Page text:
When making my Pull-apart Stuffing Rolls, I originally just wanted to use ready-made pizza dough, and bought some from the store.  I thought nothing of it, but when I finally took the dough out from the fridge, to my horror the stuff I bought turned out to be pre-baked pizza crust, and was therefore unusable.  Trying to find other store-bought options led to more disappointment, and finally I caved in and decided to make my own pizza dough.  This small crisis disrupted my cooking schedule a bit for that day, but luckily I discovered this problem in the morning, and so had enough time to still make things happen.

I’ve used this recipe for all my home-made pizzas, based on the recipe from the book, 500 Pizzas & Flatbreads.  This makes about 450 grams/1 pound of dough, enough for two 9-inch round pizzas, or one 11 by 15-inch rectangle pizza.

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Weekend Cooking: Extra-Buttery Dinner Rolls

Lately I’ve been trying to make my own roti paung, and I searched through the net for different ideas to experiment with.  I still haven’t found the right recipe so far, but during one of my experiments I accidentally created these buttery dinner rolls which, I daresay, tasted better than the Parker House Rolls I made previously.  They’re a lot simpler to make, too.  Even though I considered the experiment a failure in my quest for the perfect roti paung recipe, I still think this recipe was worth keeping.

The addition of cream in this recipe was purely by chance, actually.  I made Cream of Wild Mushroom Soup recently, and had some cream leftover and needed to do something with it.  In any case, I think this is the reason why the rolls turned out so moist.

The next time I make these rolls, I plan to activate the yeast first, the same way I did with the Parker House Rolls.  I’ll also try kneading by hand to see if it makes any difference.  Sometimes using the mixer really just doesn’t cut it.

Serve these rolls warm, on their own or with jam.

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GobbleFest 2016: Pull-apart Stuffing Rolls

When having roast turkey, one usually would have it with stuffing.  Even though I butterfly my turkey and therefore there’s nothing I can stuff my stuffing into, I usually would still make stuffing on the side.  So far I haven’t found any stuffing recipe that Rudy actually liked, and dinner wouldn’t be complete without dinner rolls, so I decided to combine the two and make these stuffing-esque dinner rolls, based on the recipe by Serious Eats.

I hit a stumbling block when making this.  The store-bought pizza dough I had turned out to be pre-cooked, not raw, and was therefore unusable.  I had to make the dough from scratch and lost quite a bit of prep time, but all turned out well in the end.  The 9 by 13-inch tray was just slightly too big for the rolls even after they doubled in size, so I think I’ll use my round pie dish next time and let the rolls expand all the way to the edges.  Even though the rolls came out a bit too brown this time, Rudy and I really liked the flavor, and I couldn’t stop eating them!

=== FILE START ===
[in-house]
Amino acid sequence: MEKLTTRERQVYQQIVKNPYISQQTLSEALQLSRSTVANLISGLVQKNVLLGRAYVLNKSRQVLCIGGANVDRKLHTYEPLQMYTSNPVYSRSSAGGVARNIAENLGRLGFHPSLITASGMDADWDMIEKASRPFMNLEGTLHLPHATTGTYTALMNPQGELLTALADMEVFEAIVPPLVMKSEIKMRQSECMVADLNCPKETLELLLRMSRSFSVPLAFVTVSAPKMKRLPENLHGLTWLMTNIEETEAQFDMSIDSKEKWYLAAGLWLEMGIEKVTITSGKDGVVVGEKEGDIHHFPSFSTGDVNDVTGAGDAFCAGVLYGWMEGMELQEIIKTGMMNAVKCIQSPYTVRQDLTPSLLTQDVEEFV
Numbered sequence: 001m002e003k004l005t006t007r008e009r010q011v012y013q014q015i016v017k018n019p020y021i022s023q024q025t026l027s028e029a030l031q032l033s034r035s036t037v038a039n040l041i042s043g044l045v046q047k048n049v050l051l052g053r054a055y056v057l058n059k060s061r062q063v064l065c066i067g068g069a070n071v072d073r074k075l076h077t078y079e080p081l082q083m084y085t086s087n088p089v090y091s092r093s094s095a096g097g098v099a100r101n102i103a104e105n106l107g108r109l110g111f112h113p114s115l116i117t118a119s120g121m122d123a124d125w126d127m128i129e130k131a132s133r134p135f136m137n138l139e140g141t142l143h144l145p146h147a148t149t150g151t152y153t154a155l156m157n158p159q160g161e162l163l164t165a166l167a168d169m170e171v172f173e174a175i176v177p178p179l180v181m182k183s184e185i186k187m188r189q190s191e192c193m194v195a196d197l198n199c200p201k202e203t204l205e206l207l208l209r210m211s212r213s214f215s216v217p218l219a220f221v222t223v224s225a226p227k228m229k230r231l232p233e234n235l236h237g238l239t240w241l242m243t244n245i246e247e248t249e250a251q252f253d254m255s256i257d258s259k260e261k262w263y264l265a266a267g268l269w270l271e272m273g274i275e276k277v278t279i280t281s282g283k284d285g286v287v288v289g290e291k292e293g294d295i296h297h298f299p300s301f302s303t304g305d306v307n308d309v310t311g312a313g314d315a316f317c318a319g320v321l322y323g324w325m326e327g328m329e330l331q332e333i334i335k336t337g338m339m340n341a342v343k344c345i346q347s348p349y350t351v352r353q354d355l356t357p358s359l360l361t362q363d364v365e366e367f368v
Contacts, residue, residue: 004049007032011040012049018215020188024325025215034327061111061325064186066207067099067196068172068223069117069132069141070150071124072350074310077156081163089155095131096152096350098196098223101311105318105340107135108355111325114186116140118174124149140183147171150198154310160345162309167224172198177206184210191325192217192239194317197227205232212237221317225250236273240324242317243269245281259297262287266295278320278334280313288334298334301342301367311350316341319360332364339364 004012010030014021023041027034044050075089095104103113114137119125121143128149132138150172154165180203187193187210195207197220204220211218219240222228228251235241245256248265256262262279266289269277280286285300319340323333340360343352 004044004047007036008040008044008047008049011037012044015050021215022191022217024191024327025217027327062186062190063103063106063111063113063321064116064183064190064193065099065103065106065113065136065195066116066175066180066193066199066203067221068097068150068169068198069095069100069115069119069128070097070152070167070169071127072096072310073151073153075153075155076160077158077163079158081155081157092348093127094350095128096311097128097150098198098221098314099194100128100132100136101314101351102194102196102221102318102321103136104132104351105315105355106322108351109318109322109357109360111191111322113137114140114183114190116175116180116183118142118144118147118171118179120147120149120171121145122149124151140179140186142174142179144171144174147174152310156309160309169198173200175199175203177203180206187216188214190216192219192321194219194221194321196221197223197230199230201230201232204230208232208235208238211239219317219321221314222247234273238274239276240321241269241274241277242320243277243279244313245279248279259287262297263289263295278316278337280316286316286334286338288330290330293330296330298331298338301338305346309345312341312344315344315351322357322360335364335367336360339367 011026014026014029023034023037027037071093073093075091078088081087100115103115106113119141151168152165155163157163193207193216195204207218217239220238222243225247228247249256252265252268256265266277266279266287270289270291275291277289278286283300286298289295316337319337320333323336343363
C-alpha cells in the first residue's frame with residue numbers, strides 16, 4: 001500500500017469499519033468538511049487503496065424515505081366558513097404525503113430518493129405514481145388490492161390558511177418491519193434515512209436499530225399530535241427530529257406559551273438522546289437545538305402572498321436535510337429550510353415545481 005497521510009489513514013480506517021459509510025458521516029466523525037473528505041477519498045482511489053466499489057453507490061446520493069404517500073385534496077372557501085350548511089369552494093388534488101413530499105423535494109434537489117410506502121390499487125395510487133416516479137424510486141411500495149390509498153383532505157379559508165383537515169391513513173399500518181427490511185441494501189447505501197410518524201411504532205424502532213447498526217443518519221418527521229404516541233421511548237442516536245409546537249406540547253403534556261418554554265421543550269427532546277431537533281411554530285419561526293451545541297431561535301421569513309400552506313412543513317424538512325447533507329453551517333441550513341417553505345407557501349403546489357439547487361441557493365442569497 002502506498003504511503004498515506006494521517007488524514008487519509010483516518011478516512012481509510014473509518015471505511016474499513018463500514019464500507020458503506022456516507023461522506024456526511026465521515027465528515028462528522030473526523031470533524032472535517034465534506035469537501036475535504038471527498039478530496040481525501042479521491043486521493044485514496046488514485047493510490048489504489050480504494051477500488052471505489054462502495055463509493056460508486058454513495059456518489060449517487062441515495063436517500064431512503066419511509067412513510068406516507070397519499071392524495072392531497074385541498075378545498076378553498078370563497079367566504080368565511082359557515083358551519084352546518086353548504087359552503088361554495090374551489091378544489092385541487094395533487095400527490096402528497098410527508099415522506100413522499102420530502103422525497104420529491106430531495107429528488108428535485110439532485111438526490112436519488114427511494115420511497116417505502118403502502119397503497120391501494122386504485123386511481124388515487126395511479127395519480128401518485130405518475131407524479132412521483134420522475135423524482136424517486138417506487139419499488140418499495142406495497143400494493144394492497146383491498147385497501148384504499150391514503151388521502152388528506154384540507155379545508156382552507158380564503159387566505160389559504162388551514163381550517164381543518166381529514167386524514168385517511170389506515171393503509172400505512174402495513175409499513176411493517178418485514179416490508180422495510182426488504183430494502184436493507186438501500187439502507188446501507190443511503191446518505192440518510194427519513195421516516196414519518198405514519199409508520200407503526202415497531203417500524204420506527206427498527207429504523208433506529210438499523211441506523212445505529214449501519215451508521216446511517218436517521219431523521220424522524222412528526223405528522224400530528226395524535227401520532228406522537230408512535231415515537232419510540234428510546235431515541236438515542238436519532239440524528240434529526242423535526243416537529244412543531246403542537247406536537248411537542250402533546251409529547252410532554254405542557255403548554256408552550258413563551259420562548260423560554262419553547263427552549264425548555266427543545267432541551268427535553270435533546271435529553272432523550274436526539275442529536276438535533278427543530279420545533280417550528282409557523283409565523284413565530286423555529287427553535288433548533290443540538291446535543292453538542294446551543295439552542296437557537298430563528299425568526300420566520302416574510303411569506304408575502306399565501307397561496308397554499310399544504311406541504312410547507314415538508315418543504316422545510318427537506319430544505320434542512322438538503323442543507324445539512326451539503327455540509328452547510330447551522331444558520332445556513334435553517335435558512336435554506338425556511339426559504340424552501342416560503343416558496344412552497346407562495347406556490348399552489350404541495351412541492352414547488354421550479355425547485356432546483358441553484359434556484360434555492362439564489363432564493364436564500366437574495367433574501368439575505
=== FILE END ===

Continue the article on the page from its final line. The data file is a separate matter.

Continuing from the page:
I’ll definitely make this again, and try to get it right.

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GobbleFest 2015: Brown Butter Cornbread

When putting together the menu for this year’s GobbleFest, I asked the Round Knights for suggestions and Azuan pointed out that we were missing a bakery item.  Serious Eats had already put together an amazing classic Thanksgiving menu, and this cornbread recipe was on the list, so I decided to try it out.

I’ve tried other cornbread recipes, and while some were okay, Rudy liked none of them – too grainy, too dry, etc.  That was until he tried this one; moist and soft and buttery with yummy salty bits, this is definitely my new go-to cornbread recipe from now on.

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Dinner Club: Parker House Rolls

For last night’s Dinner Club session, I needed a few good sides to serve with my roast lamb shoulder, and while surfing around the Net I came upon this site which lists out some really good side dish suggestions.  Who can resist good dinner rolls, let alone rolls completely coated in butter before baking.  I just had to try this out, and they did not disappoint.  I don’t think I’ll be making dinner rolls any other way from now on.

Updated 25 Dec 2017 with new photos.   Made this again for this year’s TurkeyFest.  I was reminded the hard way how my Kenwood mixer really wasn’t for me when it comes to making bread dough, so I ended up going old school and kneaded the dough by hand.  The dough was still wet and I used a bit more than 5 cups of plain flour.  I’m going to try using bread flour next time to see if this yields better results.  I also decided to divide and shape the dough by hand instead of using a cookie cutter, which saved me a lot of time and avoided any wastage.  Delicious!

Based on the recipe by the Kitchn.

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Bread Maker Recipe: Banana and Cinnamon Tea Bread

So we forgot that we had a bunch of delicious pisang emas sitting in the fridge, and when they were finally discovered yesterday they were already beginning to turn black.  So, before they became completely inedible, and since I was having the Round Knights over for dinner tonight anyway, I decided to make banana bread.

I used my Kenwood BM 250 bread maker for the recipe below, and used the measuring cups and spoons provided with the machine.  The bread came out a little raw in the centre, so I transferred it to a baking pan and finished the baking in the oven at 190 degrees C (170 degrees C fan-forced) for another 15 minutes.  Despite that small setback, the bread was really soft and delicious, with just the right amount of sweetness.

The recipe below has been slightly modified to reduce the amount of liquid and avoid another case of undercooked bread.